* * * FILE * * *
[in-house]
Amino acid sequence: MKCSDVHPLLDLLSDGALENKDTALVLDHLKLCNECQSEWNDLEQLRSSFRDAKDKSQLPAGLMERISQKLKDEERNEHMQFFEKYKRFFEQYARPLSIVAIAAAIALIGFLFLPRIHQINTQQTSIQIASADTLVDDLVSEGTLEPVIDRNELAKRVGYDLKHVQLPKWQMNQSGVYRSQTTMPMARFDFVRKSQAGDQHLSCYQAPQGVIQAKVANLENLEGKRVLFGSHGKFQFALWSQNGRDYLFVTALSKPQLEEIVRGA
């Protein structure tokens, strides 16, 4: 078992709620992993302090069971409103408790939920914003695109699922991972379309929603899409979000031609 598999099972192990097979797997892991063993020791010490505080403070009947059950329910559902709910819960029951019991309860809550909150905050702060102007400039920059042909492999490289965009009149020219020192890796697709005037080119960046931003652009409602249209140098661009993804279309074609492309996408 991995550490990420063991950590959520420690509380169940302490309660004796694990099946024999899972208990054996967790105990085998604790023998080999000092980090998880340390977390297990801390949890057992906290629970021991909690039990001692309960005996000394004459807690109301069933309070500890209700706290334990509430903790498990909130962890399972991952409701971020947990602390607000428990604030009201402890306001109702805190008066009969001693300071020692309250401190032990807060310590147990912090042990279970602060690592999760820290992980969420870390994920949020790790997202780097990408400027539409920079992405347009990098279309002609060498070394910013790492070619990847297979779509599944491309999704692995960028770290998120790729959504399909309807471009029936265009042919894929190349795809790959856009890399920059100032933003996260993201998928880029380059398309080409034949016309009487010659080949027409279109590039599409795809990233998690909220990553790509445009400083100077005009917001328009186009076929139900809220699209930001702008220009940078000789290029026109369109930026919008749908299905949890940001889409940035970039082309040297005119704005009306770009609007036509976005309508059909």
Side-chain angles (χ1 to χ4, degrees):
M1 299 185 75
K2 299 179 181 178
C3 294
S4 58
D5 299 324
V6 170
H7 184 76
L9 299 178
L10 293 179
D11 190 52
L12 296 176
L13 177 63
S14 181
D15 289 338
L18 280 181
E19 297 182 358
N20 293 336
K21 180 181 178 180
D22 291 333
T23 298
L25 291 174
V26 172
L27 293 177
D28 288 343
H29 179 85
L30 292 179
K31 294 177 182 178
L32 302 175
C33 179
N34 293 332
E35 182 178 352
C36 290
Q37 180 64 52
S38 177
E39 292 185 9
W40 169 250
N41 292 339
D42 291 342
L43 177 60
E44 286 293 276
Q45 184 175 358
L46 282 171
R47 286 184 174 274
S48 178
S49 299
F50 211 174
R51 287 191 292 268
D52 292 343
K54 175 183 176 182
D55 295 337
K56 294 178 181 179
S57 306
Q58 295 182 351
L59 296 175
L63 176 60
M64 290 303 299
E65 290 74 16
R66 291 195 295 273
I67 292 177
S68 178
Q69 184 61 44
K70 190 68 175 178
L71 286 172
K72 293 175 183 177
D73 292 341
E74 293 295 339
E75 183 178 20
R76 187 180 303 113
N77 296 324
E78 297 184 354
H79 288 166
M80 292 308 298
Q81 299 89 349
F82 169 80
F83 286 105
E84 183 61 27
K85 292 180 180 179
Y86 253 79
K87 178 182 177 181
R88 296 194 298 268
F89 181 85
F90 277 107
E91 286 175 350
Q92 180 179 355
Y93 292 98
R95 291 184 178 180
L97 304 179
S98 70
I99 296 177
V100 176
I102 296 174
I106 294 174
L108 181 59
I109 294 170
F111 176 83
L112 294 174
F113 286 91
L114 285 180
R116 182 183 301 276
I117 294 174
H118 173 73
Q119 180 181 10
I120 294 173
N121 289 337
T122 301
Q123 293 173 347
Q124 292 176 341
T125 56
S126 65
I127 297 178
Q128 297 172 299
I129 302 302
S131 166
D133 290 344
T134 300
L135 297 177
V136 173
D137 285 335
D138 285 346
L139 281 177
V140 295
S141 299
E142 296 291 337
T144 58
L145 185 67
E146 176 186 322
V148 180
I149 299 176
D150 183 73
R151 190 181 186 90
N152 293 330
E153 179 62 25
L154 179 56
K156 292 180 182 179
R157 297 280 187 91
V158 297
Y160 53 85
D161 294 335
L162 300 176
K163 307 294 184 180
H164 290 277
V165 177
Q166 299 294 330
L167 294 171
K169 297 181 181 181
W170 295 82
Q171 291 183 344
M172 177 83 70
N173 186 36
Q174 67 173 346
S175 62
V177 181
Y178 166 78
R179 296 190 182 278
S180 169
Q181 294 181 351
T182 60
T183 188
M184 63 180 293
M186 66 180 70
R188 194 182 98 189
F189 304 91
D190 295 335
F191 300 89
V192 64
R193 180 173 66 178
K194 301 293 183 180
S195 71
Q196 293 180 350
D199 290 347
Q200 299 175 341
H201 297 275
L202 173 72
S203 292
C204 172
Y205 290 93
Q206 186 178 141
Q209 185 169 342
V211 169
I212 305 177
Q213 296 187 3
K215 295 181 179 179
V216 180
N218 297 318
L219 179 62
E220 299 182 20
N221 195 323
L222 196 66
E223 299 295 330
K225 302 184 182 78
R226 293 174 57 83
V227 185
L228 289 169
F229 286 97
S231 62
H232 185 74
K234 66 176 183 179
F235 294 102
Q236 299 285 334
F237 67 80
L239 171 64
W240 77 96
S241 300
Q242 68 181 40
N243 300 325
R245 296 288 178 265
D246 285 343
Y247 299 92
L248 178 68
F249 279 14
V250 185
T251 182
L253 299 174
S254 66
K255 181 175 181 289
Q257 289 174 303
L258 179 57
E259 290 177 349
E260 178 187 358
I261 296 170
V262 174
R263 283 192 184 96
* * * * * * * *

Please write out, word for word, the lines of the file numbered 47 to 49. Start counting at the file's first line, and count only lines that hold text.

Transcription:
R47 286 184 174 274
S48 178
S49 299